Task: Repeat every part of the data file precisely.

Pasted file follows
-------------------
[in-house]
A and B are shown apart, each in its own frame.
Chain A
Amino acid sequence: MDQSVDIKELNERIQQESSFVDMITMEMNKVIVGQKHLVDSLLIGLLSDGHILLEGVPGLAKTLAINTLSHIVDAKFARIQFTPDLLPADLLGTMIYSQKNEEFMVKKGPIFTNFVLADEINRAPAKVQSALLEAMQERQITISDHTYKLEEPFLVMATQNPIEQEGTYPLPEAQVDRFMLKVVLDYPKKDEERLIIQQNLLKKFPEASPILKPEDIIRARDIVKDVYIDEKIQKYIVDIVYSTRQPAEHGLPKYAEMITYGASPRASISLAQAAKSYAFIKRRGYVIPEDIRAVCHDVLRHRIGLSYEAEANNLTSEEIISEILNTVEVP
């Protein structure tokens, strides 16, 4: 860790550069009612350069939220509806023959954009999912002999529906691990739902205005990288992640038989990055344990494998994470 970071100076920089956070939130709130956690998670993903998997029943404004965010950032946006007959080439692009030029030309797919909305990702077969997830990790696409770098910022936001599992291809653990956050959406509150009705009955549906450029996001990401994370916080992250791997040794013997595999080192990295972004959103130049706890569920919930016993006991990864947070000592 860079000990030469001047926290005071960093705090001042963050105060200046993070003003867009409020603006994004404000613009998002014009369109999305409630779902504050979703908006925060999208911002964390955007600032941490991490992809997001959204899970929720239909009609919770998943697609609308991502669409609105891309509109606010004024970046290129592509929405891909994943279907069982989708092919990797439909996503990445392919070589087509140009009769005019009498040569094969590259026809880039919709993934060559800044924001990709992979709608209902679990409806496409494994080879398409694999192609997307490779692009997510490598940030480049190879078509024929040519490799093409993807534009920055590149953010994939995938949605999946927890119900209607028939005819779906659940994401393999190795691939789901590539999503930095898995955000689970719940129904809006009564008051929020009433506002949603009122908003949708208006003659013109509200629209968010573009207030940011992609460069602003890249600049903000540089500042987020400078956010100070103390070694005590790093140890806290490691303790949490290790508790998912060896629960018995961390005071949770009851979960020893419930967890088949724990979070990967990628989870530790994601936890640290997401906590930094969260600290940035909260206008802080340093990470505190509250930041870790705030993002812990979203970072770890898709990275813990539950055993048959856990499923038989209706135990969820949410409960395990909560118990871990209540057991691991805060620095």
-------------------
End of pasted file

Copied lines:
[in-house]
A and B are shown apart, each in its own frame.
Chain A
Amino acid sequence: MDQSVDIKELNERIQQESSFVDMITMEMNKVIVGQKHLVDSLLIGLLSDGHILLEGVPGLAKTLAINTLSHIVDAKFARIQFTPDLLPADLLGTMIYSQKNEEFMVKKGPIFTNFVLADEINRAPAKVQSALLEAMQERQITISDHTYKLEEPFLVMATQNPIEQEGTYPLPEAQVDRFMLKVVLDYPKKDEERLIIQQNLLKKFPEASPILKPEDIIRARDIVKDVYIDEKIQKYIVDIVYSTRQPAEHGLPKYAEMITYGASPRASISLAQAAKSYAFIKRRGYVIPEDIRAVCHDVLRHRIGLSYEAEANNLTSEEIISEILNTVEVP
């Protein structure tokens, strides 16, 4: 860790550069009612350069939220509806023959954009999912002999529906691990739902205005990288992640038989990055344990494998994470 970071100076920089956070939130709130956690998670993903998997029943404004965010950032946006007959080439692009030029030309797919909305990702077969997830990790696409770098910022936001599992291809653990956050959406509150009705009955549906450029996001990401994370916080992250791997040794013997595999080192990295972004959103130049706890569920919930016993006991990864947070000592 860079000990030469001047926290005071960093705090001042963050105060200046993070003003867009409020603006994004404000613009998002014009369109999305409630779902504050979703908006925060999208911002964390955007600032941490991490992809997001959204899970929720239909009609919770998943697609609308991502669409609105891309509109606010004024970046290129592509929405891909994943279907069982989708092919990797439909996503990445392919070589087509140009009769005019009498040569094969590259026809880039919709993934060559800044924001990709992979709608209902679990409806496409494994080879398409694999192609997307490779692009997510490598940030480049190879078509024929040519490799093409993807534009920055590149953010994939995938949605999946927890119900209607028939005819779906659940994401393999190795691939789901590539999503930095898995955000689970719940129904809006009564008051929020009433506002949603009122908003949708208006003659013109509200629209968010573009207030940011992609460069602003890249600049903000540089500042987020400078956010100070103390070694005590790093140890806290490691303790949490290790508790998912060896629960018995961390005071949770009851979960020893419930967890088949724990979070990967990628989870530790994601936890640290997401906590930094969260600290940035909260206008802080340093990470505190509250930041870790705030993002812990979203970072770890898709990275813990539950055993048959856990499923038989209706135990969820949410409960395990909560118990871990209540057991691991805060620095």